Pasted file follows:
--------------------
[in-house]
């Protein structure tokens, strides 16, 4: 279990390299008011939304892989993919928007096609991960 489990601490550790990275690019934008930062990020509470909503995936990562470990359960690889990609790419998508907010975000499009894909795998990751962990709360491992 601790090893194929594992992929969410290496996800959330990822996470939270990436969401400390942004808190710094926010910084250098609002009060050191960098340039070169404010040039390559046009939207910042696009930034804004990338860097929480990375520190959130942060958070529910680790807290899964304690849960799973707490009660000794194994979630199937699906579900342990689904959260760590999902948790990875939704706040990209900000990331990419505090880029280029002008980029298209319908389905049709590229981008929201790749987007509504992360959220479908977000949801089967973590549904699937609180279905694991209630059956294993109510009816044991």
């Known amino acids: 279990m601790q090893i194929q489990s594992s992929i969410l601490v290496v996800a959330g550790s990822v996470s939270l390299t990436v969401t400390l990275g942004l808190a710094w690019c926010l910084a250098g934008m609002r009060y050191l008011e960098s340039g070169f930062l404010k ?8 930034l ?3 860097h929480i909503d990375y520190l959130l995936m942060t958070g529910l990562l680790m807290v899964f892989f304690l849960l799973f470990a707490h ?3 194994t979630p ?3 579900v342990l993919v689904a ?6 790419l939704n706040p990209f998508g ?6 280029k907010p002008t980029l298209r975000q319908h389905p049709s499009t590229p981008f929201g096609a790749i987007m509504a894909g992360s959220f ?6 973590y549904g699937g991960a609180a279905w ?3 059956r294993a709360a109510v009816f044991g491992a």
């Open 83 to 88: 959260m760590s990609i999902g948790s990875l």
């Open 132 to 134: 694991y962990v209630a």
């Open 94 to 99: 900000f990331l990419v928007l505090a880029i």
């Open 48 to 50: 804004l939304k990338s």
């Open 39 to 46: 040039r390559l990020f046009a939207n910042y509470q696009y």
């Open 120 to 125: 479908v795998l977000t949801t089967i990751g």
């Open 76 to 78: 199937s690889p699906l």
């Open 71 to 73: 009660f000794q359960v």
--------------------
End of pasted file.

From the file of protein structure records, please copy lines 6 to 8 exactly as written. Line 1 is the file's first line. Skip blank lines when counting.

């Open 94 to 99: 900000f990331l990419v928007l505090a880029i």
């Open 48 to 50: 804004l939304k990338s």
């Open 39 to 46: 040039r390559l990020f046009a939207n910042y509470q696009y």